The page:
A Burnley war memorial which pays tribute to a fallen First World War soldier has been restored.
The statue at the soldier’s graves in Burnley Cemetery was built in memory of Pte James Booth, who was killed in action in France in 1917.
As this year marks the 100th anniversary of the outbreak of the conflict, Burnley resident Mr Craig Simpson had called for the memorial, which had been damaged and fallen into disrepair, to be returned to its former glory.
After the Burnley Express highlighted the story, businessman Mr Andrew Brown, owner of Crow Wood Leisure, came forward with an offer to fund the restoration work.
Now the work has been carried out, and Mr Simpson and Mr Brown joined stonemason Mr Bill Hedley at the cemetery to mark the end of the project.
Mr Hedley’s company Stone Edge, based at Lomeshaye Business Village, cleaned the grave and repaired the statue, replacing the rifle and other key features.
Mr Simpson said: “I think the work has been carried out really well. Pte Booth’s relatives, who put up this memorial in the 1920s would have been pleased to know that respect is still being shown to him and the other Burnley soldiers who lost their lives in the war.”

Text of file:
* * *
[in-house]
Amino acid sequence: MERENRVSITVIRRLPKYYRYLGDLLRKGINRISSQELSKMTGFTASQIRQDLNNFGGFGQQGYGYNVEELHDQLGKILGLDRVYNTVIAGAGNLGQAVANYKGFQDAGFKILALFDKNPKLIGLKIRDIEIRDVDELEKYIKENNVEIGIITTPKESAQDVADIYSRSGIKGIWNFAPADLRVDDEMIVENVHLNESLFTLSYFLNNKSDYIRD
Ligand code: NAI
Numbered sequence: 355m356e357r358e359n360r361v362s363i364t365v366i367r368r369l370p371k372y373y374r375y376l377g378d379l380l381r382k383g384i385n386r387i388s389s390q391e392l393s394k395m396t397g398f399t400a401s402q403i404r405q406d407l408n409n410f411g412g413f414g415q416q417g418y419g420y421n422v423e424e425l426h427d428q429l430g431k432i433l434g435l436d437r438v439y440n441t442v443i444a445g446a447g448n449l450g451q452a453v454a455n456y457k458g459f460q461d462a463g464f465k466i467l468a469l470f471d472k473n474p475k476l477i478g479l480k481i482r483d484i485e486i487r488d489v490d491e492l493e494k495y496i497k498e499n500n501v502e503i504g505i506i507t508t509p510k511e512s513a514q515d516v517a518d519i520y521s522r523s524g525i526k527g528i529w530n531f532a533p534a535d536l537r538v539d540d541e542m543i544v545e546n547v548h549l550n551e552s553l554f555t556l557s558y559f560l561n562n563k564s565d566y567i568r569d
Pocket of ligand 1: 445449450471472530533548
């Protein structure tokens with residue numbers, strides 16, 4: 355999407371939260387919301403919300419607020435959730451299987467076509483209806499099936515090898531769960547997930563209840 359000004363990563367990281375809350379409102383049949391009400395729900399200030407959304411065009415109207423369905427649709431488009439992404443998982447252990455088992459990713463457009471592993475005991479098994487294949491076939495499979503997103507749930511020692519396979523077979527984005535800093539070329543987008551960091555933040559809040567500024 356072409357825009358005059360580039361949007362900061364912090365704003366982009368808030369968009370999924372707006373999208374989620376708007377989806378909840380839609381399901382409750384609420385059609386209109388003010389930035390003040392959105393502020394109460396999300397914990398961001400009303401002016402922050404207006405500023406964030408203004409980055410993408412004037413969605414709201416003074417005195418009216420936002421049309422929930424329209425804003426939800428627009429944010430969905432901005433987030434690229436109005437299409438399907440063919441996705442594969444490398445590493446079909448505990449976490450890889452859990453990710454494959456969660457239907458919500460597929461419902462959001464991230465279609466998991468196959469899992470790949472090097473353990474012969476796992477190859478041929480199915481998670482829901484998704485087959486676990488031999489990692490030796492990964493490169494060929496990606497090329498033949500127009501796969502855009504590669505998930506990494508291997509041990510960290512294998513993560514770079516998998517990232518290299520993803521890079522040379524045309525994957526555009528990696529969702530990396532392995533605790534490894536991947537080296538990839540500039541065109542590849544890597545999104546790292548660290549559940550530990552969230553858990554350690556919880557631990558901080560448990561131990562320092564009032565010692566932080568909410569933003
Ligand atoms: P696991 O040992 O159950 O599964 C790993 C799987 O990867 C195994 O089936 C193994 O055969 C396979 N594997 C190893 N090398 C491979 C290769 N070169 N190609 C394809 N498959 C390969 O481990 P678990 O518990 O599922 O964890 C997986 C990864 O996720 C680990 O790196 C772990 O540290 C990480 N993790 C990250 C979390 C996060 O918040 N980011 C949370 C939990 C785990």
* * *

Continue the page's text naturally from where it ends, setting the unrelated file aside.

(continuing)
Mr Cameron Collinge, Burnley Council’s manager at Burnley Cemetery, added: “We are very pleased that this work has been carried out, and wish to thank Mr Brown for his support.
Over the coming weeks, Stone Edge will carry out further work to reletter and clean all the public war memorials in the borough as part of the council’s contribution to the respectful remembrance of the First World War that so many Burnley people and organisation are contributing to.”